Before the author can discuss hypothermia in regards to the patient above they must first review how the body regulates heat control within the body.

Many sources, give varying definitions of what normal body temperature or normothermia is. For example Marieb (2004) defines this as a core temperature range from 35.6°c and 37.8°C. Meanwhile Kiekkas and Karga (2005) defined the normal temperature range of adult patients as between 36.5°C and 37.5°C. National Institute for Health and Clinical Excellence (NICE) 2008 guideline for the management of inadvertent perioperative hypothermia agree with this definition.

Core temperature, defined by Kiekkas and Karga (2005), is the blood temperature of the central circulatory system, which can be measured for example at the pulmonary artery, rectum or via the tympanic membrane, which occurs in recovery at Hospital x.

The hypothalamus is the central organ that acts as the body’s heat promoting and heat loss centre, then brains thermoregulatory centre. Body temperature is kept stable and regulated with the help of blood. The neuronal centre in the posterior hypothalamus is triggered when there is a decrease in temperature in the blood or the external temperature is low. Mechanisms for heat conservation and heat production are triggered such as, shivering, which is the body’s natural response to cold, constriction of blood vessels in the skin and increased metabolic activity to produce energy (Hatfield and Tronson, 1996; Marieb, 2004).

As with the varying definitions of normothermia, there are also differing definitions in hypothermia. NICE (2008) guideline defines hypothermia as a core temperature of less than 36°C. Similarly several authors agree with this definition, Aikenhead et al (2007), American Society of Peri Anesthesia Nurses (ASPAN) (2009); Clarke and Clark , 1997). Meanwhile Kiekkas and Karga state, hypothermia as a “core temperature of more than 1 (standard deviation) less than the mean value under resting conditions in a thermoneutral environment” (Kiekkas 2005, p444)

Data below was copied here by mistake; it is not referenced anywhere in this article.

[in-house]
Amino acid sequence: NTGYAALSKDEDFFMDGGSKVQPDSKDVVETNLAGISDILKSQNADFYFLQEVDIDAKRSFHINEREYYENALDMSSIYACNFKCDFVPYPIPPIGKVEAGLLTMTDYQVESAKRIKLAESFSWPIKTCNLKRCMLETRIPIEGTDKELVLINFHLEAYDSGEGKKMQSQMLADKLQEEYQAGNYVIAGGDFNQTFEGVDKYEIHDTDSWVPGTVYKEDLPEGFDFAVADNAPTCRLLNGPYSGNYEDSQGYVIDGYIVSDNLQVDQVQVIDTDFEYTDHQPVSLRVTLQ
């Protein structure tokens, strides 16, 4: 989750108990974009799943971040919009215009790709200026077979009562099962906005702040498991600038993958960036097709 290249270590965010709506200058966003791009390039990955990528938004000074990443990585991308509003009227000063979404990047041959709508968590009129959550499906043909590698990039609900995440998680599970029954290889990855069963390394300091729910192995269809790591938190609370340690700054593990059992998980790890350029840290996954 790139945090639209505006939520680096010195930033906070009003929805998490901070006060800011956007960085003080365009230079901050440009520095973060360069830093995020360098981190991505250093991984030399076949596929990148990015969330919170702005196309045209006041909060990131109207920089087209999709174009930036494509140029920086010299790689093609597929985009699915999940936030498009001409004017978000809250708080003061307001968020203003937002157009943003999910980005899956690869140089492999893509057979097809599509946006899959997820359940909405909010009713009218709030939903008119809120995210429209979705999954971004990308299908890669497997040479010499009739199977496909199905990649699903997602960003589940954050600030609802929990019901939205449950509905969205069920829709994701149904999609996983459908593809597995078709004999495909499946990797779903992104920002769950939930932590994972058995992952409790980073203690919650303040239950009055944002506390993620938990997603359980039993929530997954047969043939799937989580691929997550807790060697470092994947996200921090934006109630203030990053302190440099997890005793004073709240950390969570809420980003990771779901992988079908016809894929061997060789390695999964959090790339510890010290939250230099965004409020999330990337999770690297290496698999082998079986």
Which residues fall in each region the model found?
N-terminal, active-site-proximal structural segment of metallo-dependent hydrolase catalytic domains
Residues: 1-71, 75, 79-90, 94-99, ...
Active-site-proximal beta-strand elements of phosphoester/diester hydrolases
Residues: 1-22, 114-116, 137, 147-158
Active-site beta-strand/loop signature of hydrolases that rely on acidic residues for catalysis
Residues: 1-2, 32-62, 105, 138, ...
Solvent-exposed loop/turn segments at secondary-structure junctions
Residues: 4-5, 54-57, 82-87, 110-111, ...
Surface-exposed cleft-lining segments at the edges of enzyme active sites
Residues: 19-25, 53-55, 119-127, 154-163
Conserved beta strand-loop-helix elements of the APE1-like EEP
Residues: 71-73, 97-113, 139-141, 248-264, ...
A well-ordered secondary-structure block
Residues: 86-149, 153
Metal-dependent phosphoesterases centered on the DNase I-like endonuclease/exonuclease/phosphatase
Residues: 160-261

There are 4 ways in which the body loses heat; conduction, convection, evaporation and radiation. Talk about these briefly!

There are patients who are more at risk of developing hypothermia these include; older and younger patients. The size of the patient: thin, due to the lack of tissue mass and obese, due to the large surface area. The type of procedure: open thoracic, abdominal, gynaecological or genitourinary. Patients having a combined general and spinal anaesthesia (Welch, 2002)

Patient A falls into some of these categories, because of the type of surgery, age and anaesthesia she will be having.

As part of the pre operative check in Patient A was asked the last time she had eaten, this was 12 hours before the procedure. Advice of fasting for 6 hours plus is given to patients to prevent nausea and vomiting during and after the induction of anaesthesia, as this along with the spinal causes the constriction of the abdomen and stomach. This in turn deprives the body of the metabolic system of energy it needs from food digestion (Cobbold & Money 2010; McNeil, 1997).

Following administration of Propofol and Remifentanil via a TIVA syringe pump, the patient was intubated with a size 7 endotracheal tube. Anaesthetic medications such as those given to Patient A; Propofol, depress the central nervous system which mean the hypodermic thermoregulatory centre function is decreased. This occurs as there is an increase in conduction and radiation to the peripheral points of the skin, where heat loss is at most, as the skin has a large surface area. This loss of heat is difficult to manage after anaesthesia has been administered as heat distribution, which is the increase in peripheral temperature and a decrease of core temperature has taken place (Kiekkas & Karga, 2005; Sasad & Smith, 2000).

With her airway secured, Patient X was positioned for the administering of a spinal. Her back was exposed and sprayed with chlorhexidine gluconate solution, for pre operative skin disinfection (BNF, 2008), a cold solution thus further contributing to the decrease in Patient A’s body temperature, via evaporation (Bellamy, 2007).